Beginning Fall 2018 Jonathan will pursue his Ph.D. in philosophy at the University of Cincinnati, where he plans to study the different explanatory paradigms (dynamical, mechanistic, computational, etc) used in the behavioral and brain sciences, and the ways each might inform, complement, or conflict with one another. He is also interested in exploring different conceptions of decidability (both formal and informal) that may appear in science, and the ways these (or lacks thereof) may influence the formulation and resolution of classical philosophical problems about the mind, knowledge, and representation.

Portrait of Andrew Bollhagen 2016-2017

Andrew Bollhagen, B.A., M.A.

Andrew graduated with a B.A. in philosophy from the University of California, Irvine in 2009. After spending two-and-one-half years living and working in Asia and Central America, he returned to the U.S. to complete an M.A. in philosophy at California State University, Long Beach. In his M.A. thesis he addressed the claim, much discussed in the philosophy of mind and perception, that our perceptual phenomenology is transparent, by attempting to reformulate that claim in a way to make it more readily evaluable from the perspective of historical and contemporary empirical work in perceptual psychology.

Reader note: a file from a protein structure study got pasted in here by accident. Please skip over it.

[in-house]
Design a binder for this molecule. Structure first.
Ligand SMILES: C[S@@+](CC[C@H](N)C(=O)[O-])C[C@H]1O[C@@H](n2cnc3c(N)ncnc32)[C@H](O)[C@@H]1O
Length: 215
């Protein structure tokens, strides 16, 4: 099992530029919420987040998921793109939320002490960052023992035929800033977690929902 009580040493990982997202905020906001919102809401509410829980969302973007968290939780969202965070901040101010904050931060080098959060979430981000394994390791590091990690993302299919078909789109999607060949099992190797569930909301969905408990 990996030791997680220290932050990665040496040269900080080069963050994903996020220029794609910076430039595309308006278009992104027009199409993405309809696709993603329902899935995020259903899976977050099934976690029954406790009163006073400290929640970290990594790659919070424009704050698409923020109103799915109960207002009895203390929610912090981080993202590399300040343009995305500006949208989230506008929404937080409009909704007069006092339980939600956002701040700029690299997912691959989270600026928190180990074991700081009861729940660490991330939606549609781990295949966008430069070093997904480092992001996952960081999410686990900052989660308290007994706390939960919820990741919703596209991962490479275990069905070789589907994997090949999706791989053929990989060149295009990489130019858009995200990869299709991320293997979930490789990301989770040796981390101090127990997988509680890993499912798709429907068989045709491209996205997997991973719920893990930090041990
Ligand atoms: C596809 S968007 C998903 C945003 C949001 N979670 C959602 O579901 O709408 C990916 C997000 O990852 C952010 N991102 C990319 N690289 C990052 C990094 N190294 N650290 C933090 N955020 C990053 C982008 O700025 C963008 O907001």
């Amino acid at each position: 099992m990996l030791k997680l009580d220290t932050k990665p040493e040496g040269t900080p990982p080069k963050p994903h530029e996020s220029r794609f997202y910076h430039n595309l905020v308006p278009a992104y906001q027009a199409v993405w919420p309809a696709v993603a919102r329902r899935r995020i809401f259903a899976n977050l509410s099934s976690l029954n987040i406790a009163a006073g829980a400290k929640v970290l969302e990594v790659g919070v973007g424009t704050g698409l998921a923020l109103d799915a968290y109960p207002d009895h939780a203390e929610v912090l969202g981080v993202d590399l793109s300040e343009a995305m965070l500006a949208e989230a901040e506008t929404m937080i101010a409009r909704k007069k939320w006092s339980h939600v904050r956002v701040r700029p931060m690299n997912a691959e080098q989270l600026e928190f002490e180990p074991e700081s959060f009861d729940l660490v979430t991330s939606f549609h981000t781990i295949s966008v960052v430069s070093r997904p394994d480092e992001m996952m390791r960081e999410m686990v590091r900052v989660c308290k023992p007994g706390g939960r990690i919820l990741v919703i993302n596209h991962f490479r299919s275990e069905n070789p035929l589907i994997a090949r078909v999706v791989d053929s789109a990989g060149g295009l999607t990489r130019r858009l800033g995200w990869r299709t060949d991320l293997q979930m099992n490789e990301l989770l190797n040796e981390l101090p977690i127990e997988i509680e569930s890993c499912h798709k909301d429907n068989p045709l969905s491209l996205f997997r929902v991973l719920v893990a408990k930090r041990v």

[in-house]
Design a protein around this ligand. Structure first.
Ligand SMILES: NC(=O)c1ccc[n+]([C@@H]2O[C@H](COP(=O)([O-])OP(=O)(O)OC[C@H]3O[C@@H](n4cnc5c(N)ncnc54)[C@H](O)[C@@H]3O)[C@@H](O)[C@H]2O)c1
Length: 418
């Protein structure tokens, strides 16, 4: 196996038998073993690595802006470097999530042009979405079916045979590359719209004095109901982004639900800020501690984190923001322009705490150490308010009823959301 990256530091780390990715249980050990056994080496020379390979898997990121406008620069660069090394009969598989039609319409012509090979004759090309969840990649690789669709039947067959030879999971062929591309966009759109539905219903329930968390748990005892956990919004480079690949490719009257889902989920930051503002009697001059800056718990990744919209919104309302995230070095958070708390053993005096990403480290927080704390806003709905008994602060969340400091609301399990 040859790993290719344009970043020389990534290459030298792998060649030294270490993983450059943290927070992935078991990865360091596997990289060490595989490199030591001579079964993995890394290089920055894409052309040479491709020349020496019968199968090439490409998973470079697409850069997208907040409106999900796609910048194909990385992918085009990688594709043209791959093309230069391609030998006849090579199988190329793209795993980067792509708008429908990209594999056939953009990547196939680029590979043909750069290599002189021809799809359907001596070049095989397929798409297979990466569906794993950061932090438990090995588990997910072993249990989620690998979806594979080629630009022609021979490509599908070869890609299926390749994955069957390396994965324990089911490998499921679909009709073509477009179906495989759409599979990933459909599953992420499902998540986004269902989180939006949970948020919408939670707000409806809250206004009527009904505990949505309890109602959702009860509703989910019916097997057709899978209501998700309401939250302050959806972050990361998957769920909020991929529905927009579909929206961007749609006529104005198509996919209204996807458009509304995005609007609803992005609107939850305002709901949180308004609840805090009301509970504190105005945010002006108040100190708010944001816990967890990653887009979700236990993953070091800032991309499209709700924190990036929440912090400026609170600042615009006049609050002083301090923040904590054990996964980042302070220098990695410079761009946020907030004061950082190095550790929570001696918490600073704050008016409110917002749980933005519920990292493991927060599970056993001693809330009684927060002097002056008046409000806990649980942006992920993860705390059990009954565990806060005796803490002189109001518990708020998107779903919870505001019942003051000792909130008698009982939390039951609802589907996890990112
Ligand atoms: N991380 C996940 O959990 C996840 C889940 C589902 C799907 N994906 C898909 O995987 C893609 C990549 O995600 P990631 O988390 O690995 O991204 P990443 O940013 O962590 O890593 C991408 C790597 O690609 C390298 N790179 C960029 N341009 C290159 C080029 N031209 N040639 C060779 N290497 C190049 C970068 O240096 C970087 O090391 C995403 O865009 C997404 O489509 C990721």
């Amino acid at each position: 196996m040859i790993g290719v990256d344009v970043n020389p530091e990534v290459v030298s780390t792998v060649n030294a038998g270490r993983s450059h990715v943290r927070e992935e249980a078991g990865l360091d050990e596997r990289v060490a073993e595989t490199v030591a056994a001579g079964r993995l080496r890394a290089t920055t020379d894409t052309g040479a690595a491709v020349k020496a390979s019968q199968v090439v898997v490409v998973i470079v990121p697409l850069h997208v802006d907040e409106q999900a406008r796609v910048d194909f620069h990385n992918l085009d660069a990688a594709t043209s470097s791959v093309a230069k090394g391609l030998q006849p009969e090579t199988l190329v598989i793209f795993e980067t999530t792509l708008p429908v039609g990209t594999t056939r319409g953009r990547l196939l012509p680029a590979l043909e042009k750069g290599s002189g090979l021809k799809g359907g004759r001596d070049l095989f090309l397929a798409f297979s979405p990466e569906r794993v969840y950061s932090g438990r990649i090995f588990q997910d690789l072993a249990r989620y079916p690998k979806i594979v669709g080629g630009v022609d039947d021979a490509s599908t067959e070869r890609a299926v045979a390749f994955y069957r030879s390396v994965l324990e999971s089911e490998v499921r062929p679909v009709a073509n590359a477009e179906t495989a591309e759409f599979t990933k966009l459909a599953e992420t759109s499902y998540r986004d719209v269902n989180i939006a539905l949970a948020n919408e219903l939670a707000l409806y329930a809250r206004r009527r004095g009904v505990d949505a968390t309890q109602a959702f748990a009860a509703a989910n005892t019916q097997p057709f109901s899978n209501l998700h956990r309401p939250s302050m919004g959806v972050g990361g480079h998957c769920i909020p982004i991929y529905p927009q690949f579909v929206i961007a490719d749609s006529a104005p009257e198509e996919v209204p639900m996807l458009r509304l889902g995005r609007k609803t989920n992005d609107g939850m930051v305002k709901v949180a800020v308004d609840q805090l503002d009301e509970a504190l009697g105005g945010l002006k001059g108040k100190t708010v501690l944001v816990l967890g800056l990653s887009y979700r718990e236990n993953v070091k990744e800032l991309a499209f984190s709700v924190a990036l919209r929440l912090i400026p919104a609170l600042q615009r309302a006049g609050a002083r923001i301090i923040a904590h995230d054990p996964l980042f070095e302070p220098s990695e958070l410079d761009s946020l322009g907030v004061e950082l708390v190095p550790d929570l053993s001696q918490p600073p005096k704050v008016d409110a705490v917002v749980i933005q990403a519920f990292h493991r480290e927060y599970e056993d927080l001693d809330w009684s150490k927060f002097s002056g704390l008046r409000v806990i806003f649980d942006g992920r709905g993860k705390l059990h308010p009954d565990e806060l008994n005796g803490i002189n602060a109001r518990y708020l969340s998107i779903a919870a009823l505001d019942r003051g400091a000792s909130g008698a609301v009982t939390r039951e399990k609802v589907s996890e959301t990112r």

Working with Bickle, Bollhagen continued his research on perception, adding some neurobiological detail to his account and challenging representationalist views. Beginning in Fall 2017 Andrew is pursuing a Ph.D in philosophy and cognitive science at the University of California, San Diego.

Portrait of Nedah Namati 2015-2016

Nedah Namati, B.A.,M.S.

Prior to completing the pre-doctoral fellowship, Nedah conducted a year of neurobiology laboratory research, investigating the circadian regulation of drug seeking behavior in rodents with Dr. Ian Webb in the Coolen-Lehman Lab at the University of Mississippi Medical Center. During her fellowship year she worked on the process of experimental research itself: do seemingly “irrelevant” conditions make knowledge about cognition possible? What are some limitations of the ways neurobiologists represent information and what alternative modes of representation are there? How does error guide experimental research practices and hypotheses?